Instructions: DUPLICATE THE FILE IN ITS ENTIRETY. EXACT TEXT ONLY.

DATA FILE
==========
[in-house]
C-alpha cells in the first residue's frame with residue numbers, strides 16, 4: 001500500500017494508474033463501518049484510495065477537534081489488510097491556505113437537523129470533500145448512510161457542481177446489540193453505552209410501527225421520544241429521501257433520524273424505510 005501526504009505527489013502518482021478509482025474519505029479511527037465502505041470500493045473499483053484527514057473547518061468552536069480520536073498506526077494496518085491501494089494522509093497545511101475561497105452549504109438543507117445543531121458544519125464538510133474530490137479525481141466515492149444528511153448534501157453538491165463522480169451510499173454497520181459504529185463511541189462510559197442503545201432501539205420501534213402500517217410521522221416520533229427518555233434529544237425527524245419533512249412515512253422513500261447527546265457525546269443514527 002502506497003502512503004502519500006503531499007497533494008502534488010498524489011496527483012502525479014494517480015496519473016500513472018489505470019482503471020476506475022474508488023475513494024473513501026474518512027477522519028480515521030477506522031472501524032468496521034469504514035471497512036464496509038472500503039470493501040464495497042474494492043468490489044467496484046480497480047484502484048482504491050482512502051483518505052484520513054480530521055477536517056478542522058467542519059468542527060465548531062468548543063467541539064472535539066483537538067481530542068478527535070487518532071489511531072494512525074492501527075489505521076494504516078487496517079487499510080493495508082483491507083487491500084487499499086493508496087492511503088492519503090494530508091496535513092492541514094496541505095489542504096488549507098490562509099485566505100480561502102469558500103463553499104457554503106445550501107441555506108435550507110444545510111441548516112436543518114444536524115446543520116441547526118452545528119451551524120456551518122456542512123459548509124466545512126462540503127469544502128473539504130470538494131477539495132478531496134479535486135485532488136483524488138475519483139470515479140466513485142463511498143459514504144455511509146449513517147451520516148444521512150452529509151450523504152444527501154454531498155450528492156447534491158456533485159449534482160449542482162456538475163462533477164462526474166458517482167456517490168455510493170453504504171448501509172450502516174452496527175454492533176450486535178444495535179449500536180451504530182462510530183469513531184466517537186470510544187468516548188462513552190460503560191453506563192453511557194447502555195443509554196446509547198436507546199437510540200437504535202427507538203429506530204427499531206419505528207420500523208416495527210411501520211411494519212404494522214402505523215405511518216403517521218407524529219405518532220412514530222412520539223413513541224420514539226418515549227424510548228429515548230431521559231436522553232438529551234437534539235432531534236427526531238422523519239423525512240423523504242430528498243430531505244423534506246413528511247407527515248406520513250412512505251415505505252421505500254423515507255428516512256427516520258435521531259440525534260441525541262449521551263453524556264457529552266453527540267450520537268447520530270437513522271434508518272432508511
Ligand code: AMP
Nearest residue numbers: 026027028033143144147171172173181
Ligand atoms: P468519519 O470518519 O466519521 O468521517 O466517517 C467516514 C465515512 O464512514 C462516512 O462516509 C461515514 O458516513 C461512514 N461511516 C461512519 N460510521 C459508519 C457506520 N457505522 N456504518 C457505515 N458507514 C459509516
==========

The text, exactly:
[in-house]
C-alpha cells in the first residue's frame with residue numbers, strides 16, 4: 001500500500017494508474033463501518049484510495065477537534081489488510097491556505113437537523129470533500145448512510161457542481177446489540193453505552209410501527225421520544241429521501257433520524273424505510 005501526504009505527489013502518482021478509482025474519505029479511527037465502505041470500493045473499483053484527514057473547518061468552536069480520536073498506526077494496518085491501494089494522509093497545511101475561497105452549504109438543507117445543531121458544519125464538510133474530490137479525481141466515492149444528511153448534501157453538491165463522480169451510499173454497520181459504529185463511541189462510559197442503545201432501539205420501534213402500517217410521522221416520533229427518555233434529544237425527524245419533512249412515512253422513500261447527546265457525546269443514527 002502506497003502512503004502519500006503531499007497533494008502534488010498524489011496527483012502525479014494517480015496519473016500513472018489505470019482503471020476506475022474508488023475513494024473513501026474518512027477522519028480515521030477506522031472501524032468496521034469504514035471497512036464496509038472500503039470493501040464495497042474494492043468490489044467496484046480497480047484502484048482504491050482512502051483518505052484520513054480530521055477536517056478542522058467542519059468542527060465548531062468548543063467541539064472535539066483537538067481530542068478527535070487518532071489511531072494512525074492501527075489505521076494504516078487496517079487499510080493495508082483491507083487491500084487499499086493508496087492511503088492519503090494530508091496535513092492541514094496541505095489542504096488549507098490562509099485566505100480561502102469558500103463553499104457554503106445550501107441555506108435550507110444545510111441548516112436543518114444536524115446543520116441547526118452545528119451551524120456551518122456542512123459548509124466545512126462540503127469544502128473539504130470538494131477539495132478531496134479535486135485532488136483524488138475519483139470515479140466513485142463511498143459514504144455511509146449513517147451520516148444521512150452529509151450523504152444527501154454531498155450528492156447534491158456533485159449534482160449542482162456538475163462533477164462526474166458517482167456517490168455510493170453504504171448501509172450502516174452496527175454492533176450486535178444495535179449500536180451504530182462510530183469513531184466517537186470510544187468516548188462513552190460503560191453506563192453511557194447502555195443509554196446509547198436507546199437510540200437504535202427507538203429506530204427499531206419505528207420500523208416495527210411501520211411494519212404494522214402505523215405511518216403517521218407524529219405518532220412514530222412520539223413513541224420514539226418515549227424510548228429515548230431521559231436522553232438529551234437534539235432531534236427526531238422523519239423525512240423523504242430528498243430531505244423534506246413528511247407527515248406520513250412512505251415505505252421505500254423515507255428516512256427516520258435521531259440525534260441525541262449521551263453524556264457529552266453527540267450520537268447520530270437513522271434508518272432508511
Ligand code: AMP
Nearest residue numbers: 026027028033143144147171172173181
Ligand atoms: P468519519 O470518519 O466519521 O468521517 O466517517 C467516514 C465515512 O464512514 C462516512 O462516509 C461515514 O458516513 C461512514 N461511516 C461512519 N460510521 C459508519 C457506520 N457505522 N456504518 C457505515 N458507514 C459509516